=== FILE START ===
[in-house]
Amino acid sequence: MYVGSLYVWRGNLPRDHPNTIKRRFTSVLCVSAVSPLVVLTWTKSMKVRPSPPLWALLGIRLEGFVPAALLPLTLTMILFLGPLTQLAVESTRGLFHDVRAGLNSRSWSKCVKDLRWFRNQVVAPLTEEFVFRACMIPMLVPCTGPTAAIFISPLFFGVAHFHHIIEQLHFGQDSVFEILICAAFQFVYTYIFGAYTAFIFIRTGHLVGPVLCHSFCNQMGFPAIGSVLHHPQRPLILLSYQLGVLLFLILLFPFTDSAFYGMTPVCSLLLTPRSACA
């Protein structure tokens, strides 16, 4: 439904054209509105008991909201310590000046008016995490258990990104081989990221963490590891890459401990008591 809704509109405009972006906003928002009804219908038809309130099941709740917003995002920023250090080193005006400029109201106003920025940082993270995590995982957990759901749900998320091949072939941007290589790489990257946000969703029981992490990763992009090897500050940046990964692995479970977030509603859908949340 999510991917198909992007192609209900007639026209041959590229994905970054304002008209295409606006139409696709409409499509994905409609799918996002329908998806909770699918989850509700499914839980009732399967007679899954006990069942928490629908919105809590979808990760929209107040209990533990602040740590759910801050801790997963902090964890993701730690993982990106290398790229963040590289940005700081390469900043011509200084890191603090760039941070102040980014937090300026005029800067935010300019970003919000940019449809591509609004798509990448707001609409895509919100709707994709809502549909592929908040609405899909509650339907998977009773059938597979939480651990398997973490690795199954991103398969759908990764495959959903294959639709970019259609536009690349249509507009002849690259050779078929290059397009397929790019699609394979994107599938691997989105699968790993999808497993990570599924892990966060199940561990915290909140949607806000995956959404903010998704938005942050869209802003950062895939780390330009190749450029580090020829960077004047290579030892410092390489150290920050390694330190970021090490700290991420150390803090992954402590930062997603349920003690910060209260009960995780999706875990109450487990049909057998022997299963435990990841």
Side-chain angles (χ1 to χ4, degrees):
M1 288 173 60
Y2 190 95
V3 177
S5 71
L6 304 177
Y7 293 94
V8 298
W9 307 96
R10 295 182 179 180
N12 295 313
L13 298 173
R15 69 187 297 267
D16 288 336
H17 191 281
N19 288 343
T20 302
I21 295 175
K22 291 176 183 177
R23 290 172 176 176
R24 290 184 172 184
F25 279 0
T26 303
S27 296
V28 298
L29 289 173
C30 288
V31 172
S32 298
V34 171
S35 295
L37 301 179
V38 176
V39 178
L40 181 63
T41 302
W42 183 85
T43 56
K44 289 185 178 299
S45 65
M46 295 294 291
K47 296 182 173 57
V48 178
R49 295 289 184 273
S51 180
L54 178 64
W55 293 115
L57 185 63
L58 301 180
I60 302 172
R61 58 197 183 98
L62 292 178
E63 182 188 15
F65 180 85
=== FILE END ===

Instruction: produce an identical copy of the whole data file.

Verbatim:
[in-house]
Amino acid sequence: MYVGSLYVWRGNLPRDHPNTIKRRFTSVLCVSAVSPLVVLTWTKSMKVRPSPPLWALLGIRLEGFVPAALLPLTLTMILFLGPLTQLAVESTRGLFHDVRAGLNSRSWSKCVKDLRWFRNQVVAPLTEEFVFRACMIPMLVPCTGPTAAIFISPLFFGVAHFHHIIEQLHFGQDSVFEILICAAFQFVYTYIFGAYTAFIFIRTGHLVGPVLCHSFCNQMGFPAIGSVLHHPQRPLILLSYQLGVLLFLILLFPFTDSAFYGMTPVCSLLLTPRSACA
């Protein structure tokens, strides 16, 4: 439904054209509105008991909201310590000046008016995490258990990104081989990221963490590891890459401990008591 809704509109405009972006906003928002009804219908038809309130099941709740917003995002920023250090080193005006400029109201106003920025940082993270995590995982957990759901749900998320091949072939941007290589790489990257946000969703029981992490990763992009090897500050940046990964692995479970977030509603859908949340 999510991917198909992007192609209900007639026209041959590229994905970054304002008209295409606006139409696709409409499509994905409609799918996002329908998806909770699918989850509700499914839980009732399967007679899954006990069942928490629908919105809590979808990760929209107040209990533990602040740590759910801050801790997963902090964890993701730690993982990106290398790229963040590289940005700081390469900043011509200084890191603090760039941070102040980014937090300026005029800067935010300019970003919000940019449809591509609004798509990448707001609409895509919100709707994709809502549909592929908040609405899909509650339907998977009773059938597979939480651990398997973490690795199954991103398969759908990764495959959903294959639709970019259609536009690349249509507009002849690259050779078929290059397009397929790019699609394979994107599938691997989105699968790993999808497993990570599924892990966060199940561990915290909140949607806000995956959404903010998704938005942050869209802003950062895939780390330009190749450029580090020829960077004047290579030892410092390489150290920050390694330190970021090490700290991420150390803090992954402590930062997603349920003690910060209260009960995780999706875990109450487990049909057998022997299963435990990841």
Side-chain angles (χ1 to χ4, degrees):
M1 288 173 60
Y2 190 95
V3 177
S5 71
L6 304 177
Y7 293 94
V8 298
W9 307 96
R10 295 182 179 180
N12 295 313
L13 298 173
R15 69 187 297 267
D16 288 336
H17 191 281
N19 288 343
T20 302
I21 295 175
K22 291 176 183 177
R23 290 172 176 176
R24 290 184 172 184
F25 279 0
T26 303
S27 296
V28 298
L29 289 173
C30 288
V31 172
S32 298
V34 171
S35 295
L37 301 179
V38 176
V39 178
L40 181 63
T41 302
W42 183 85
T43 56
K44 289 185 178 299
S45 65
M46 295 294 291
K47 296 182 173 57
V48 178
R49 295 289 184 273
S51 180
L54 178 64
W55 293 115
L57 185 63
L58 301 180
I60 302 172
R61 58 197 183 98
L62 292 178
E63 182 188 15
F65 180 85